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May 4, 2010
Exit Strategy
When Coaches Flee Major Conferences

by Asher Fusco


Greg McDermott's decision to abandon Iowa State for the Creighton vacancy may not have been the most interesting coaching move to happen in the state of Iowa within the past week. Iowa State's hiring of the inexperienced and as yet under-qualified Fred Hoiberg takes that title. But McDermott's relocation was certainly intriguing. After all, why would a onetime Northern Iowa coach who had risen to the Big 12 from the ranks of the Missouri Valley turn around and head back to mid-majordom after four seasons?

Why? How about prior examples of coaches finding success in similar situations, a comfortable 10-year contract, and the respective near-term outlooks of Creighton and Iowa State? Seen in this light McDermott's decision becomes somewhat more understandable.

Historical precedent
As odd as McDermott's move back to the Missouri Valley might seem, a goodly number of coaches have taken the major-to-mid-major route in recent years. The most obvious (and optimistic) parallel here is Steve Alford. After coaching Iowa to three NCAA tournament bids and a 61-67 conference record over eight uneven seasons, Alford packed up and headed to New Mexico. Iowa was in better shape at the time of Alford's resignation than Iowa State is now, but Hawkeye fans were not satisfied by a postseason-free 2007 season, much less Northwestern State's memorable 14-over-3 upset of Iowa in the 2006 NCAA tournament. Another point of parallel: Alford's roots were in the Missouri Valley, as a head coach at Southwest Missouri State, now known as Missouri State.

Alford has found greener pastures (or more scenic vistas, at least) in Albuquerque. Led by do-it-all Kansas transfer J.R. Giddens in 2007-08, the Lobos went 24-9 (11-5 Mountain West), earned an NIT berth and finished 35th in Ken Pomeroy's rankings. The next season, Alford proved he didn't need the NBA-bound Giddens by going 22-12 (12-4 MWC) and making the NIT again. Then last year season the Lobos built separate winning streaks of 12 and 15 games, made the second round of the NCAA tournament, and finished 30-5 (14-2 MWC).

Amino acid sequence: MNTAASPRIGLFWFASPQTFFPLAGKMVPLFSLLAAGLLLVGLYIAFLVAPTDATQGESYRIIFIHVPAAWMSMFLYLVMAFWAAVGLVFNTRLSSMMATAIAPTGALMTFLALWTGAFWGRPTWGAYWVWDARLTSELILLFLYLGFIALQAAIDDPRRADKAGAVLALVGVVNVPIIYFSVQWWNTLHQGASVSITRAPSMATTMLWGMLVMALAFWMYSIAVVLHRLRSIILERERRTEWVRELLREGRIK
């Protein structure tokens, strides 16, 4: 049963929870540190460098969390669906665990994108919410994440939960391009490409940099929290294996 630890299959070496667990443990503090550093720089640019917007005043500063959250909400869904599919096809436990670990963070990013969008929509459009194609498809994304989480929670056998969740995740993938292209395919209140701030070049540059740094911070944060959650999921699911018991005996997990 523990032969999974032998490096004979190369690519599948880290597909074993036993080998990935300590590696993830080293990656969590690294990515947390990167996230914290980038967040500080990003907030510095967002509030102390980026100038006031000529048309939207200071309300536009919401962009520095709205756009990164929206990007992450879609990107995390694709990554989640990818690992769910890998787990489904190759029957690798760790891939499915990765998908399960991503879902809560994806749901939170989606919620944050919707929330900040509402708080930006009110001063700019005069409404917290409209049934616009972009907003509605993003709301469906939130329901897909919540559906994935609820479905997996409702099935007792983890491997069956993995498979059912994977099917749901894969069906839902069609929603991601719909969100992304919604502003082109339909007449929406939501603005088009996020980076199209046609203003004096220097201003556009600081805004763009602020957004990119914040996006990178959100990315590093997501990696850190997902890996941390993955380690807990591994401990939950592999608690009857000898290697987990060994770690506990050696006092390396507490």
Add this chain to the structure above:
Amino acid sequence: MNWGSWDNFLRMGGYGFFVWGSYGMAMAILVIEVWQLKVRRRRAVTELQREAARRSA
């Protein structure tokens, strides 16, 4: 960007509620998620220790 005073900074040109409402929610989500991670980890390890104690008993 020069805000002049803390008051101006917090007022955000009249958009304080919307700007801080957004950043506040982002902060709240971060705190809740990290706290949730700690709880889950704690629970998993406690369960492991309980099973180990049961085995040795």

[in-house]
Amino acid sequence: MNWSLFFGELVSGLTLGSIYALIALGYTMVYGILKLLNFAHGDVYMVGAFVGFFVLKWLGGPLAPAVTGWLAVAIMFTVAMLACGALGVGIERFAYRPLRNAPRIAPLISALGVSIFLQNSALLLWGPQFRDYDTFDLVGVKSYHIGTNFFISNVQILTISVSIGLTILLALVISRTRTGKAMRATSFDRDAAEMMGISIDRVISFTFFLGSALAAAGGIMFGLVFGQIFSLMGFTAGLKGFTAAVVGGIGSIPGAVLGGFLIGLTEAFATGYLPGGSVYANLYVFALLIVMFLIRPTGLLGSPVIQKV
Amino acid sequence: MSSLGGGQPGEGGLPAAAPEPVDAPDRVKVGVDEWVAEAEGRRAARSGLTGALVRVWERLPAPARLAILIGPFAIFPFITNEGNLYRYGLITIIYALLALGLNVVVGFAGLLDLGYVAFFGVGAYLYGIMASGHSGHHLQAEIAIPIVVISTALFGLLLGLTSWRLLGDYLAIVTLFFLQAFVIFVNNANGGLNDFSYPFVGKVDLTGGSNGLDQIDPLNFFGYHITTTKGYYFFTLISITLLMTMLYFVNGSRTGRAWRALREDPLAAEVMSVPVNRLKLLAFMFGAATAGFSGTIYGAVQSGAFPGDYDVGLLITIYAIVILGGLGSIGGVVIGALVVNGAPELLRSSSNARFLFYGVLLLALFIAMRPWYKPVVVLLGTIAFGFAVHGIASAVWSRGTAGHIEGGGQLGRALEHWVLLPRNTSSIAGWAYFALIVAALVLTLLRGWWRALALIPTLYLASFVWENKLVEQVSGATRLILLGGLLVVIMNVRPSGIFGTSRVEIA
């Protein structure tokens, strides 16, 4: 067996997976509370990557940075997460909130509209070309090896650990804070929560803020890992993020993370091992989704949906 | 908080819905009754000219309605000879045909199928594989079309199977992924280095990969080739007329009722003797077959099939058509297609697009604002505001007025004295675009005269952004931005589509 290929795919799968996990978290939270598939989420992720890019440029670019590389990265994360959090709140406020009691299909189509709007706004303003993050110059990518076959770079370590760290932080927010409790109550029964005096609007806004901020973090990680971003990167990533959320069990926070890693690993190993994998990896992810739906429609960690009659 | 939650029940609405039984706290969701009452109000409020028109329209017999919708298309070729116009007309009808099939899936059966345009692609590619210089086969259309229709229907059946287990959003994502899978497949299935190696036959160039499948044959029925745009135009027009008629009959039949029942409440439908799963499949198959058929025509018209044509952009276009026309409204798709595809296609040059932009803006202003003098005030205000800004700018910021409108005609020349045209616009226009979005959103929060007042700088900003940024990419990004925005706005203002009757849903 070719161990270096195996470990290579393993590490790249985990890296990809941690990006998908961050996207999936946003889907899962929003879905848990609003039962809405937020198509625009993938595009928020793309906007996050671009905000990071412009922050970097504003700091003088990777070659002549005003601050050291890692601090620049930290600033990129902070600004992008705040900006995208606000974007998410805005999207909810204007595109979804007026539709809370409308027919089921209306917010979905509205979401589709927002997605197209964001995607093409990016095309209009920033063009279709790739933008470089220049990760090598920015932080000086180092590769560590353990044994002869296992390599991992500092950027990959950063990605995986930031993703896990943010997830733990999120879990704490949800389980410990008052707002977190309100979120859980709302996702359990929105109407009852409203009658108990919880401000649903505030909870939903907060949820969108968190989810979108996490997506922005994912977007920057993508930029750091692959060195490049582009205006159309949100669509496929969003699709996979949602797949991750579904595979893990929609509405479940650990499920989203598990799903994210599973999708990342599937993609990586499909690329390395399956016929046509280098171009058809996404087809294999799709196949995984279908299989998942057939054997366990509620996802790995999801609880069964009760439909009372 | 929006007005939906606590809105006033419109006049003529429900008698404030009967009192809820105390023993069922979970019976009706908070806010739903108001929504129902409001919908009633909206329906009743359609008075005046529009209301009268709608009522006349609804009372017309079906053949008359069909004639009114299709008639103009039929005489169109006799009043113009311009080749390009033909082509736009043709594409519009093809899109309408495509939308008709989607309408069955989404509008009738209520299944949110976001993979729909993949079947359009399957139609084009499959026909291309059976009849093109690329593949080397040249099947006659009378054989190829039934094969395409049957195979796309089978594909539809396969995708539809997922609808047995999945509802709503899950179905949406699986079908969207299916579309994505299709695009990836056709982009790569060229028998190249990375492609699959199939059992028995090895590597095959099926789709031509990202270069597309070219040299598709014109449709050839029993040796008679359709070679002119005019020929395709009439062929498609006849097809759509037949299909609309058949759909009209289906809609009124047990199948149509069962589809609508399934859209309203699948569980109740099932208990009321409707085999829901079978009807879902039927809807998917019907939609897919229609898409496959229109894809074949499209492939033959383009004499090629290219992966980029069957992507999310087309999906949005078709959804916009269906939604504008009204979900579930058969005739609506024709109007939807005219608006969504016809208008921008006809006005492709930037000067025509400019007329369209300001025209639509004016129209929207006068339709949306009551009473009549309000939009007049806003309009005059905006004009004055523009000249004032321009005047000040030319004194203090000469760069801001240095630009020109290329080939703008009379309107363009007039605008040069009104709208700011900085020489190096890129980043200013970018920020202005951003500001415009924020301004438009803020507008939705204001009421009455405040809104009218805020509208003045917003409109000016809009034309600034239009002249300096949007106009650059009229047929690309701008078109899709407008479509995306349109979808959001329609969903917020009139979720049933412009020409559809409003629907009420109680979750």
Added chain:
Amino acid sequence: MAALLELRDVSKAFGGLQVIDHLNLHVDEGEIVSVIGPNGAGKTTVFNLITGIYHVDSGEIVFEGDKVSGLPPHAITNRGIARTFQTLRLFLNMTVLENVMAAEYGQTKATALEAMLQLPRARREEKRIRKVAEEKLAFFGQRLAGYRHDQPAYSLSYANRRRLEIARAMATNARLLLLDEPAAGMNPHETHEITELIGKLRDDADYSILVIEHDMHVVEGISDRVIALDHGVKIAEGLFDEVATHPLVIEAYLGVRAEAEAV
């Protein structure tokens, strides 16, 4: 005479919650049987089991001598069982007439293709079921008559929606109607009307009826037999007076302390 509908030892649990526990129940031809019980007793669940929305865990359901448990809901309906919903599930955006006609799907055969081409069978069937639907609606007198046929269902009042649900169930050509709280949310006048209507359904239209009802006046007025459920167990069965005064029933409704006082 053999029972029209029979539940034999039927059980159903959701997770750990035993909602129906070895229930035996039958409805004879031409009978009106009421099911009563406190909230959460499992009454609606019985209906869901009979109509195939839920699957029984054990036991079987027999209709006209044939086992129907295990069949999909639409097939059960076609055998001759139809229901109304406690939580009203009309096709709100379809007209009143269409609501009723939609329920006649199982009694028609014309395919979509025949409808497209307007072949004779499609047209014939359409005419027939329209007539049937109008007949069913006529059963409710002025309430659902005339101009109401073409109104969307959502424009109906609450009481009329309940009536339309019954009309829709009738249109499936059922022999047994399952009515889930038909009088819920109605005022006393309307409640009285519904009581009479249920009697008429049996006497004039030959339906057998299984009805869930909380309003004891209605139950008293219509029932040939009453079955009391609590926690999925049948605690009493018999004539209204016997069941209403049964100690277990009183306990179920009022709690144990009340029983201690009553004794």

But while Alford's excelled since relocating outside the "big six" conferences, the other active coaches who've made the downward move have had mixed results.

Ben Braun coached California for 12 seasons, including six campaigns of 20 wins or more. When things started to stagnate Cal fired Braun, who took over a Rice program fresh off a 3-27 (0-16 Conference USA) season. Braun hasn't straightened things out as of yet in Houston, posting a 5-27 CUSA record and a -0.13 in-conference efficiency margin in two seasons.

After five up-and-down seasons at Seton Hall ending in 2007, Louis Orr took the head gig at Bowling Green. In his first three seasons he's given a bit of a boost to the once-moribund program but still carries a 24-24 record in Mid-American Conference play.

Ricardo Patton bailed on Colorado after posting a 3-13 Big 12 mark in 2007, his 12th season at the helm. He inherited a Northern Illinois team that went 4-12 in the MAC and has proceeded to average 4.67 conference wins per season over the last three years.

Mike Davis has been able to fill Mike Anderson's shoes much more capably than he could Bobby Knight's. Davis left Indiana for Alabama-Birmingham in 2006, and it took just one 7-9 season to get the Blazers back in the neighborhood of their Anderson-era success. UAB hasn't earned an NCAA berth in Davis' four seasons, but the program has posted 20-plus victories and a KenPom rating of 67 or better in each of the past three seasons.